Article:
Was this an easy or difficult process and why?
The first visas were pretty challenging. People think it’s straightforward when you marry a Kiwi but it’s not. We had to provide a lot of evidence of our relationship because we’d only been married a year.
We booked our flights to NZ about 6 months out, because the temporary visas only take a month at most to be processed. But of course, we hadn’t anticipated that they’d send us for private medical assessments of my son, for which we waited weeks on an appointment and then even more weeks for the reports to be assessed. In the end, our visas arrived a week before we were due to fly, 6 weeks before Xmas. By which time all our stuff was already on a boat to NZ. And Santa was already delivering to NZ too.
It remains the single most stressful period of my life – I wouldn’t recommend it! But we wanted to give ourselves time to settled in to life during their Summer holidays (December-January) before a new school start, so that was the logic behind the decision to move then.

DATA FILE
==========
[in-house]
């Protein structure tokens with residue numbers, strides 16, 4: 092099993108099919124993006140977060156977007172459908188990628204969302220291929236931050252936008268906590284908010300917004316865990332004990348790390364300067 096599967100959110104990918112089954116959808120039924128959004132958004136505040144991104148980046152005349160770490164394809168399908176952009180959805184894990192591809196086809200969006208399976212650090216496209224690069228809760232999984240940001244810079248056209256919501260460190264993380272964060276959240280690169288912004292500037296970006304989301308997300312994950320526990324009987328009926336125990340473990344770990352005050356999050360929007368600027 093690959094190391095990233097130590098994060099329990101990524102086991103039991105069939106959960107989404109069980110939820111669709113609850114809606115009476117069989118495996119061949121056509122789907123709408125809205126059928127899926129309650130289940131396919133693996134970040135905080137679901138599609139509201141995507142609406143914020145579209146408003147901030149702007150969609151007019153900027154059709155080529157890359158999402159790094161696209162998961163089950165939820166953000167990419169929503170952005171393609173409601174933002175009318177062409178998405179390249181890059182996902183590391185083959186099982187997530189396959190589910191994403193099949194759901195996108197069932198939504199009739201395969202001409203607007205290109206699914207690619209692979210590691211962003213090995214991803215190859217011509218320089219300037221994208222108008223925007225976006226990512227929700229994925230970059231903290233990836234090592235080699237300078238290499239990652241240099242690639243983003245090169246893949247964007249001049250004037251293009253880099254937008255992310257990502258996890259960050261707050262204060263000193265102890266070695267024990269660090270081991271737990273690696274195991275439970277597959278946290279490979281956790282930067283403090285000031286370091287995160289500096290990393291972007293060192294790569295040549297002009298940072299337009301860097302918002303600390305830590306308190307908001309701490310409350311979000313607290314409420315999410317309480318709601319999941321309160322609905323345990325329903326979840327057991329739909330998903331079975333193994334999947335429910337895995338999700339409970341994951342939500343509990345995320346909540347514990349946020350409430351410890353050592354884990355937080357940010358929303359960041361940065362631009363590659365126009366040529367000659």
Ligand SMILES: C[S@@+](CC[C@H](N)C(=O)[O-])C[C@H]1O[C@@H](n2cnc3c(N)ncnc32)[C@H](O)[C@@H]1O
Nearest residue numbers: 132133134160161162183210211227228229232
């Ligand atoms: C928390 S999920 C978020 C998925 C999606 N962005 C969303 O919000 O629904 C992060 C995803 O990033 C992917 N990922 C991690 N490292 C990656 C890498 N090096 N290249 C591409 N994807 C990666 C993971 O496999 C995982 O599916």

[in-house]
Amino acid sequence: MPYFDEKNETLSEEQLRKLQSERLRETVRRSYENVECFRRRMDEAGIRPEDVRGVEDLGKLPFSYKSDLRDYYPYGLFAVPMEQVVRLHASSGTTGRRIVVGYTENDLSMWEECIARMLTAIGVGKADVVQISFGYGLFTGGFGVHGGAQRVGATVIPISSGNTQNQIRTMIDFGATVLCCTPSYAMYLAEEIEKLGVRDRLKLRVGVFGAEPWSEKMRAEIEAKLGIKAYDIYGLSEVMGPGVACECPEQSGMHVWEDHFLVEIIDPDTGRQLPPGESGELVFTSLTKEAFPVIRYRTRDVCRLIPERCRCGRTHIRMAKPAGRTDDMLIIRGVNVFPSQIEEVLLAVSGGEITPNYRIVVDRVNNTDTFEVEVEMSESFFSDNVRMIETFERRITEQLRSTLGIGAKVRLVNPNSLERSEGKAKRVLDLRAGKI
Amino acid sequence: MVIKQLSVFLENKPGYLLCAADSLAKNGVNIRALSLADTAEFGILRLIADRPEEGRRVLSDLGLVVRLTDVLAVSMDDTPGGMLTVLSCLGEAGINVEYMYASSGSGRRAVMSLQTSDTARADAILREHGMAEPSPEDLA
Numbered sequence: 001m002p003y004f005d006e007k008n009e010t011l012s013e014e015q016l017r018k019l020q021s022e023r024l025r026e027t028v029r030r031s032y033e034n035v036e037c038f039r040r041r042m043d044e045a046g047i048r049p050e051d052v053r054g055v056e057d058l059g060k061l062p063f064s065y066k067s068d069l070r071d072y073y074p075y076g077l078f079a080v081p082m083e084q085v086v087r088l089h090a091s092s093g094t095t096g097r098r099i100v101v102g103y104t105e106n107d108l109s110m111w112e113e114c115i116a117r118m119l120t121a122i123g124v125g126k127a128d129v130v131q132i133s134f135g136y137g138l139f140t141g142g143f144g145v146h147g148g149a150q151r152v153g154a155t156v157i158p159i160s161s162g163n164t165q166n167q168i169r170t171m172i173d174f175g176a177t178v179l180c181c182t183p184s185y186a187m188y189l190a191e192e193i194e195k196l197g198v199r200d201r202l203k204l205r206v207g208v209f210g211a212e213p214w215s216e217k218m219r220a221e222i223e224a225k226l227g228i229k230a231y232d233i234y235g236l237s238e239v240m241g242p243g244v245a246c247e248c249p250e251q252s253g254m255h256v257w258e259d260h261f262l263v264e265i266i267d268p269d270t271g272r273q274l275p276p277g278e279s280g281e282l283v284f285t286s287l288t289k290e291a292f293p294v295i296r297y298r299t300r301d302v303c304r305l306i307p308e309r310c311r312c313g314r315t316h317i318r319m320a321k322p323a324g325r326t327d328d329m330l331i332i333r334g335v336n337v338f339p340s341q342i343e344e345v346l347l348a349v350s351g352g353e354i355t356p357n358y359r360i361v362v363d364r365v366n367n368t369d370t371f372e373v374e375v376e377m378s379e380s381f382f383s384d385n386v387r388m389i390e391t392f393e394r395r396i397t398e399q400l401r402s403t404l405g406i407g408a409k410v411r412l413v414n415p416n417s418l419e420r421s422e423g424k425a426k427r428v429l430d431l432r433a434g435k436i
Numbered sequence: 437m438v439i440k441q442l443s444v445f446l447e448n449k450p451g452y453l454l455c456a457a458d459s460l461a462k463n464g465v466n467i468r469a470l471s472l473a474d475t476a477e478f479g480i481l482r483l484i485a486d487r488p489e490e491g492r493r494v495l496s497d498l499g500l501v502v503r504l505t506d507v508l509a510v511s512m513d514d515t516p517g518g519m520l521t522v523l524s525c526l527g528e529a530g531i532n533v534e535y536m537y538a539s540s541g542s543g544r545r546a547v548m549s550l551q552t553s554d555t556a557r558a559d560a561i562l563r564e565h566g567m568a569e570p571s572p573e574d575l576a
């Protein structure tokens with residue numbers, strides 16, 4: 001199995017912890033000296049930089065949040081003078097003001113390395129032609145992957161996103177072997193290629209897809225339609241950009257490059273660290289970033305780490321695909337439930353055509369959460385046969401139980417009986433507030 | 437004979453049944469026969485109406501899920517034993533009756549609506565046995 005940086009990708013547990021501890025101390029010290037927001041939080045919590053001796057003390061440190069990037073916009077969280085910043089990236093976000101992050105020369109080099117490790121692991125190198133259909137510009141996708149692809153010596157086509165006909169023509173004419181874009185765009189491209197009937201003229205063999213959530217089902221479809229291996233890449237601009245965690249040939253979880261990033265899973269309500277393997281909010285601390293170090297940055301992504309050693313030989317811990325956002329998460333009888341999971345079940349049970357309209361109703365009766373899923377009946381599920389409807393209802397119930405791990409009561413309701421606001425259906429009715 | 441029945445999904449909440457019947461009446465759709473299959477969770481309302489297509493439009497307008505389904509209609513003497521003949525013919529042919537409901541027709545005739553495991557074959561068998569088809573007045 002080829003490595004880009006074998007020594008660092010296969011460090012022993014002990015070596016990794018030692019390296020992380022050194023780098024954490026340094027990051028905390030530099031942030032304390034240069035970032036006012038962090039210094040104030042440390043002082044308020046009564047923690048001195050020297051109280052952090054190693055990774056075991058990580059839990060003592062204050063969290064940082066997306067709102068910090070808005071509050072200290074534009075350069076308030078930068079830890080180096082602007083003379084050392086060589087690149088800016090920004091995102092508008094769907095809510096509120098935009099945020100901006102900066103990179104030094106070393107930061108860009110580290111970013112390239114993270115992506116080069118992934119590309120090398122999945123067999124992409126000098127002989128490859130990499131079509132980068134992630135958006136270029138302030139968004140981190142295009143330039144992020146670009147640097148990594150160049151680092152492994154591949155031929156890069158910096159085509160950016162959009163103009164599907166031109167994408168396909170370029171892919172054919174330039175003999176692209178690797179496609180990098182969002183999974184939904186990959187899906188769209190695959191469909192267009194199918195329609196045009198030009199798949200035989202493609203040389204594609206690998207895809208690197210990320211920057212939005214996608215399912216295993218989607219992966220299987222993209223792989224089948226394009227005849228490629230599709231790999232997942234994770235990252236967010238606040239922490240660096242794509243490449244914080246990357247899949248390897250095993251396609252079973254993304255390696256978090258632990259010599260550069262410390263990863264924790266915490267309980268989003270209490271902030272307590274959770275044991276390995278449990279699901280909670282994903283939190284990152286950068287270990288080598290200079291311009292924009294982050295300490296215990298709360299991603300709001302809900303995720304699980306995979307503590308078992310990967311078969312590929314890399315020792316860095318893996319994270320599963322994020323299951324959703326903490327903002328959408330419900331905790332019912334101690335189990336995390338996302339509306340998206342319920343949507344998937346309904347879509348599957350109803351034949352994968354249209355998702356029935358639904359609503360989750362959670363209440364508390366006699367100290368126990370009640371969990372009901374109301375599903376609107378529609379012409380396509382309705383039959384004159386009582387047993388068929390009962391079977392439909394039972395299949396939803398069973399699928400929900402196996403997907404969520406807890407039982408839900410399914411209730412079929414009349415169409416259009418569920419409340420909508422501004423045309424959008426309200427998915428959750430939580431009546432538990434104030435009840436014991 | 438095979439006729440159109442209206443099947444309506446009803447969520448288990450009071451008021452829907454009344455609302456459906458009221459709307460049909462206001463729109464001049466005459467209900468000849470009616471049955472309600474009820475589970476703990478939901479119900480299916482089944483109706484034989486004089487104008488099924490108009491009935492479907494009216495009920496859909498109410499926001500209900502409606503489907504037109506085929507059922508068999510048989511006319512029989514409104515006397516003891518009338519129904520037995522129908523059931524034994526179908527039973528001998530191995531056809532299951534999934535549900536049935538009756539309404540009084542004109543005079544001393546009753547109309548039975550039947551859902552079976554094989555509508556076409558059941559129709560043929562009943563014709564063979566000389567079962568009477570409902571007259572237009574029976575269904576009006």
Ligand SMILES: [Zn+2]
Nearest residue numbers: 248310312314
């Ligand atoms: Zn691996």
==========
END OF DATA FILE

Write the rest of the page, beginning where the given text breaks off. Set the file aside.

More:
The current application for residency is giving me similar anxiety! Not least the fact we had to re-submit the paperwork THREE times because of tiny errors or omissions (like leaving a box blank instead of writing “not applicable!”) I also had a headache over police checks given the peculiar position Northern Irish citizens are in. We’re entitled to dual citizenship of Britain and Ireland. I am applying on my Irish passport (as I haven’t renewed my British one). Your police check for residency must come from your country of citizenship. But living all my life in Belfast, I don’t exist on the Republic of Ireland’s police database, because my addresses are all “in the UK.” So you have to go through a whole other process of getting a data protection type disclosure from the Garda in Ireland – which luckily was very fast and helpful.